Finally one guy pal said : »I didn’t think people really talked like that. » Another : « wow, you just dodged a bullet. » My sweetest, kindest girlfriend : « A dirty whore? » she shook her head. « And a filthy pig ! » chimed the others.
Throughout the evening and many more drinks, we repeated the story to friends and strangers. Everyone was taken aback. By the fifth retelling we were laughing hysterically at the dirty whore line. Perhaps trying to convince ourselves that it wasn’t so shocking, that it was normal, just another preference like being attracted to blondes or men who wear glasses.
The next morning in the sober light of day, it hit me again that I had been dumped. Yes, by an asshole, but still dumped. I called my dad for some sympathy. « Dad, I was dating this guy and he broke up with me. He told me he wants a woman who is a dirty whore and a filthy pig. » Just repeating those words to my father filled me with shame. And so it finally dawned on me that those words ARE f*cking shameful.
My father was silent for a minute and then said : « Any man who would speak about a woman that way is, himself, a pig. »
Friends, just such a man is running for President of our magnificent country.
We visited my mother in California this summer. One night we were out to dinner, a table of four was seated next to us : three women in their 40’s-50’s and a man in his 30’s. It was the night after the DNC.
I tuned into their conversation just as one of the women said : « What did you think of her speech ?» My mother and I had watched the speech together, holding my little girl (and glasses of champagne), with tears in our eyes. I returned to my dinner as the two other women discussed the merits and weak points of the speech. Then the man, the young, white man said : » Yeah, I dont know if I’m going to vote. » I had to grip the table to stop myself from turning to my fellow American and shouting : « Are you f*cking KIDDING, Dude ? »
I can’t remember the rest of the meal, only that I skipped dessert, because I was so preoccupied by this stranger’s innocuous (!) comment. I had to talk myself down several times from laying into this guy with a string of insults : « how f*cking dare you ? Privileged white male ! Do you know how much is at stake in this election ?! Not vote ?! It’s your goddamn civic duty. » My heart was racing, my blood was boiling.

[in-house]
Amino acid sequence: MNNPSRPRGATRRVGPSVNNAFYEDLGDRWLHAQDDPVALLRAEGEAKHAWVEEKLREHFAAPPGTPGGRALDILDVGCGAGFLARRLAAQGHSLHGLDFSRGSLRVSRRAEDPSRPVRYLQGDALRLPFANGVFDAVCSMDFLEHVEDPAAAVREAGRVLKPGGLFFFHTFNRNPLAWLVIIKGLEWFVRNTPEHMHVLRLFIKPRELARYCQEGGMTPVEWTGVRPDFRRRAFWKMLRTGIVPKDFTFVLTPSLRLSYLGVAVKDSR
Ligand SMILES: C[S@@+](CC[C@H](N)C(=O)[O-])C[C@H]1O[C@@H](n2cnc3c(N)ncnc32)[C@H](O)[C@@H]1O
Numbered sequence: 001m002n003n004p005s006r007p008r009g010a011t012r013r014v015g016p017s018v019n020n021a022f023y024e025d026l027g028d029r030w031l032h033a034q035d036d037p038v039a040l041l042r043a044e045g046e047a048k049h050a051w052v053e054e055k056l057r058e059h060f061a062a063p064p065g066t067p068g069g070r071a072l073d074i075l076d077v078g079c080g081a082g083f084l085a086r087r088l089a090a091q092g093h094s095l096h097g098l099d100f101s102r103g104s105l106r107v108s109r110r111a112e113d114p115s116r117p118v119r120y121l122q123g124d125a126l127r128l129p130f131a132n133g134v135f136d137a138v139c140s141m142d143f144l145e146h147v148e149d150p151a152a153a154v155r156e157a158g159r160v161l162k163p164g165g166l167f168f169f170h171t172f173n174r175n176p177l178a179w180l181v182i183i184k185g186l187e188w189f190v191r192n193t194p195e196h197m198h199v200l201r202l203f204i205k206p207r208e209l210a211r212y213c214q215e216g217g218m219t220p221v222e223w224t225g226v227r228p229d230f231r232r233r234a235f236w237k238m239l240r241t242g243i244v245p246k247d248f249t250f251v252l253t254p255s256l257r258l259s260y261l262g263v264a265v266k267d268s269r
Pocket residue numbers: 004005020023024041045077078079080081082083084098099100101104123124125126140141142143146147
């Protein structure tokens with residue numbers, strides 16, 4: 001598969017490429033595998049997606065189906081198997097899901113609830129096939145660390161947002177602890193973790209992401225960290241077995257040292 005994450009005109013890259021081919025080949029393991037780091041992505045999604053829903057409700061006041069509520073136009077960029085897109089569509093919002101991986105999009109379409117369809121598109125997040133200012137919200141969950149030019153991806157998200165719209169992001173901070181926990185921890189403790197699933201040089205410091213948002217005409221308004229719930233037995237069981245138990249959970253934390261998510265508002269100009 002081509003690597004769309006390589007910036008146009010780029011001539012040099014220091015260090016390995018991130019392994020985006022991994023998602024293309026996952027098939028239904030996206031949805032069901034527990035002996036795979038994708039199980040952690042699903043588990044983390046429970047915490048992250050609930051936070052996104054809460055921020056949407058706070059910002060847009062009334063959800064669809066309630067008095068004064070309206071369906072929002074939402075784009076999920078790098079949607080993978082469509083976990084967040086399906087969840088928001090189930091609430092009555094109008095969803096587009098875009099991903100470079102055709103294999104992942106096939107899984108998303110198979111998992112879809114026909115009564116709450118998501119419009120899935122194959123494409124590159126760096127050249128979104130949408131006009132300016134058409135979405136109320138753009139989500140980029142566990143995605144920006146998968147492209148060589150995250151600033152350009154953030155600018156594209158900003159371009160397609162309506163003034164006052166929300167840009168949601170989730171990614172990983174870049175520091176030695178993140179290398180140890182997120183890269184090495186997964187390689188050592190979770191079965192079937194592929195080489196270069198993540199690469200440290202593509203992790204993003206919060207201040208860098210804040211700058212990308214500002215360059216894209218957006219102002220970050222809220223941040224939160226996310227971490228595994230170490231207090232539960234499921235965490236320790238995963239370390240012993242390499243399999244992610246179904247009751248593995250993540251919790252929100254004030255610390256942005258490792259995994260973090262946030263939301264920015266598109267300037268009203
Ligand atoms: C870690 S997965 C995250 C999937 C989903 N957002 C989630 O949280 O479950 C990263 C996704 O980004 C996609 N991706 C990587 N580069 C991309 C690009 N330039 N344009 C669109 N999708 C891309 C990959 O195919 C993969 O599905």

When we finally finished dinner, my mother walked to the door with my son, my husband was behind them, and I followed, carrying my sleeping daughter. I got five feet away from the table and turned back. « I’m sorry, I couldn’t help overhearing your conversation, » I said politely. The table of diners looked up, surprised. « Every vote REALLY counts….and Hillary is the only choice. » The women were quick to respond, « Oh, we agree with you ! » but I was looking at the guy. He nodded at me uncomfortably. I bid them a good evening and joined my family outside where my husband chastised me. He was mortified by what I’d done. « I can’t believe you. That was so rude. No wonder nobody likes Liberals. » « Right, sure, Babe. » I stopped myself from saying, « Guess what? You don’t vote in this country so STFU. »
I walked around the car to put my daughter in her car seat. My mother was next to me. « I had to say something to those people about voting. » She nodded. « J thinks I was out of line, but my conscience would not let me be silent. I would have regretted not speaking up.» Under the glow of the street lamp, my mother, a paragon of politesse, beamed with pride.
Friends, I pray that your lives are free from deep regret. I believe that the regret of a lost opportunity, of things not done, is more damaging than the possible dissatisfaction or discontent of a « wrong » choice. Yes, even my episode with « that person » was a learning experience. If you do carry regrets, I hope you can learn from them (if there is a lesson) and move on.
I have learned that perfect doesn’t exist, and that there is no better time than RIGHT NOW to reach out to someone you care about. (Thanks for that one, Dad.)
And, if your conscience tells you to speak up, listen to it. And finally, if the opportunity presents itself, you should always get up and dance.
Don’t forget to vote! Go shout it from the mountaintop : Nobody gets to sit this one out.
p.s. if anyone sees those maryjanes, I wear a size 8 ;)